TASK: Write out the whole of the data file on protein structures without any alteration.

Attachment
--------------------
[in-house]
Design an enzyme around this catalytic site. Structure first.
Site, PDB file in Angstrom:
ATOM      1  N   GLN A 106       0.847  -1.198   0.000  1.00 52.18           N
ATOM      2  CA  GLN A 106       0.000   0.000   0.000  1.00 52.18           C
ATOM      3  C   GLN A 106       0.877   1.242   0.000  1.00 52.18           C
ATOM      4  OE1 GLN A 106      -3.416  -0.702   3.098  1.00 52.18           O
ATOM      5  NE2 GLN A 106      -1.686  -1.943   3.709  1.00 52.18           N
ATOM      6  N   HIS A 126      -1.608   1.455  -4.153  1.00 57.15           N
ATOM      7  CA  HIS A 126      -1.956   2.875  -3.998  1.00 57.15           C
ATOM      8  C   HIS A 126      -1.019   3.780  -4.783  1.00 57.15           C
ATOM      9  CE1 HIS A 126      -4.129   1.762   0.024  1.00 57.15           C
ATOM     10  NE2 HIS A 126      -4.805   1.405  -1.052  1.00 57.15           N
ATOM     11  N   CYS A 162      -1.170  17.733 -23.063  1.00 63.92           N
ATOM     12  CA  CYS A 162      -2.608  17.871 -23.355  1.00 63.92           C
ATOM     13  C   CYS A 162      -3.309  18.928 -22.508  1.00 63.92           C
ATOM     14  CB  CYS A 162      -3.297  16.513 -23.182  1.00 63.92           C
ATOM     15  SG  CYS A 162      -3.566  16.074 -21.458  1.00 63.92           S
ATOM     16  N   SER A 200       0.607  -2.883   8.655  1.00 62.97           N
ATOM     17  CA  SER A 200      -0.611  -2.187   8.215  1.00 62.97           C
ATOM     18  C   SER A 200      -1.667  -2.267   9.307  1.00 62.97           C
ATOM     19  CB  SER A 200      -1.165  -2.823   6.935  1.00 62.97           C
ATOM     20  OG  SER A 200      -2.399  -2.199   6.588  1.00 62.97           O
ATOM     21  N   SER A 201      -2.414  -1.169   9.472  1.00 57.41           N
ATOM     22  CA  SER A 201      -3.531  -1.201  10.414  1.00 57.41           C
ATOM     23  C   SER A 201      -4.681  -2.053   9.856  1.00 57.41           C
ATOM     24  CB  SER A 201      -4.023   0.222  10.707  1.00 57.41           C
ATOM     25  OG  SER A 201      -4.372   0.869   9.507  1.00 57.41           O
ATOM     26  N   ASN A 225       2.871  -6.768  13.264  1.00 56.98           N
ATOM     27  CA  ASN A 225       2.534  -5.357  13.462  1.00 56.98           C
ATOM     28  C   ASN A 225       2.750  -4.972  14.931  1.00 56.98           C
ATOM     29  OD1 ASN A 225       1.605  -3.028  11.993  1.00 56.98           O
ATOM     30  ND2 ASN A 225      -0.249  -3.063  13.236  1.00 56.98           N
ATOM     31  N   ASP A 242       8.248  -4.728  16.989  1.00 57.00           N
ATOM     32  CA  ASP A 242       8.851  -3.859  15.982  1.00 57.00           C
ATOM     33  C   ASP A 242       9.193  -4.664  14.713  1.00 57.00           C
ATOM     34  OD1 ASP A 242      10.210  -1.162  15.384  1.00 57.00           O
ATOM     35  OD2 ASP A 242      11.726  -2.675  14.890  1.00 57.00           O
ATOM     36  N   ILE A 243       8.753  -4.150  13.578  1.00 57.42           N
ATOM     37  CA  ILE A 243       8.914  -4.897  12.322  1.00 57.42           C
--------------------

[in-house]
Design an enzyme around this catalytic site. Structure first.
Site, PDB file in Angstrom:
ATOM      1  N   GLN A 106       0.847  -1.198   0.000  1.00 52.18           N
ATOM      2  CA  GLN A 106       0.000   0.000   0.000  1.00 52.18           C
ATOM      3  C   GLN A 106       0.877   1.242   0.000  1.00 52.18           C
ATOM      4  OE1 GLN A 106      -3.416  -0.702   3.098  1.00 52.18           O
ATOM      5  NE2 GLN A 106      -1.686  -1.943   3.709  1.00 52.18           N
ATOM      6  N   HIS A 126      -1.608   1.455  -4.153  1.00 57.15           N
ATOM      7  CA  HIS A 126      -1.956   2.875  -3.998  1.00 57.15           C
ATOM      8  C   HIS A 126      -1.019   3.780  -4.783  1.00 57.15           C
ATOM      9  CE1 HIS A 126      -4.129   1.762   0.024  1.00 57.15           C
ATOM     10  NE2 HIS A 126      -4.805   1.405  -1.052  1.00 57.15           N
ATOM     11  N   CYS A 162      -1.170  17.733 -23.063  1.00 63.92           N
ATOM     12  CA  CYS A 162      -2.608  17.871 -23.355  1.00 63.92           C
ATOM     13  C   CYS A 162      -3.309  18.928 -22.508  1.00 63.92           C
ATOM     14  CB  CYS A 162      -3.297  16.513 -23.182  1.00 63.92           C
ATOM     15  SG  CYS A 162      -3.566  16.074 -21.458  1.00 63.92           S
ATOM     16  N   SER A 200       0.607  -2.883   8.655  1.00 62.97           N
ATOM     17  CA  SER A 200      -0.611  -2.187   8.215  1.00 62.97           C
ATOM     18  C   SER A 200      -1.667  -2.267   9.307  1.00 62.97           C
ATOM     19  CB  SER A 200      -1.165  -2.823   6.935  1.00 62.97           C
ATOM     20  OG  SER A 200      -2.399  -2.199   6.588  1.00 62.97           O
ATOM     21  N   SER A 201      -2.414  -1.169   9.472  1.00 57.41           N
ATOM     22  CA  SER A 201      -3.531  -1.201  10.414  1.00 57.41           C
ATOM     23  C   SER A 201      -4.681  -2.053   9.856  1.00 57.41           C
ATOM     24  CB  SER A 201      -4.023   0.222  10.707  1.00 57.41           C
ATOM     25  OG  SER A 201      -4.372   0.869   9.507  1.00 57.41           O
ATOM     26  N   ASN A 225       2.871  -6.768  13.264  1.00 56.98           N
ATOM     27  CA  ASN A 225       2.534  -5.357  13.462  1.00 56.98           C
ATOM     28  C   ASN A 225       2.750  -4.972  14.931  1.00 56.98           C
ATOM     29  OD1 ASN A 225       1.605  -3.028  11.993  1.00 56.98           O
ATOM     30  ND2 ASN A 225      -0.249  -3.063  13.236  1.00 56.98           N
ATOM     31  N   ASP A 242       8.248  -4.728  16.989  1.00 57.00           N
ATOM     32  CA  ASP A 242       8.851  -3.859  15.982  1.00 57.00           C
ATOM     33  C   ASP A 242       9.193  -4.664  14.713  1.00 57.00           C
ATOM     34  OD1 ASP A 242      10.210  -1.162  15.384  1.00 57.00           O
ATOM     35  OD2 ASP A 242      11.726  -2.675  14.890  1.00 57.00           O
ATOM     36  N   ILE A 243       8.753  -4.150  13.578  1.00 57.42           N
ATOM     37  CA  ILE A 243       8.914  -4.897  12.322  1.00 57.42           C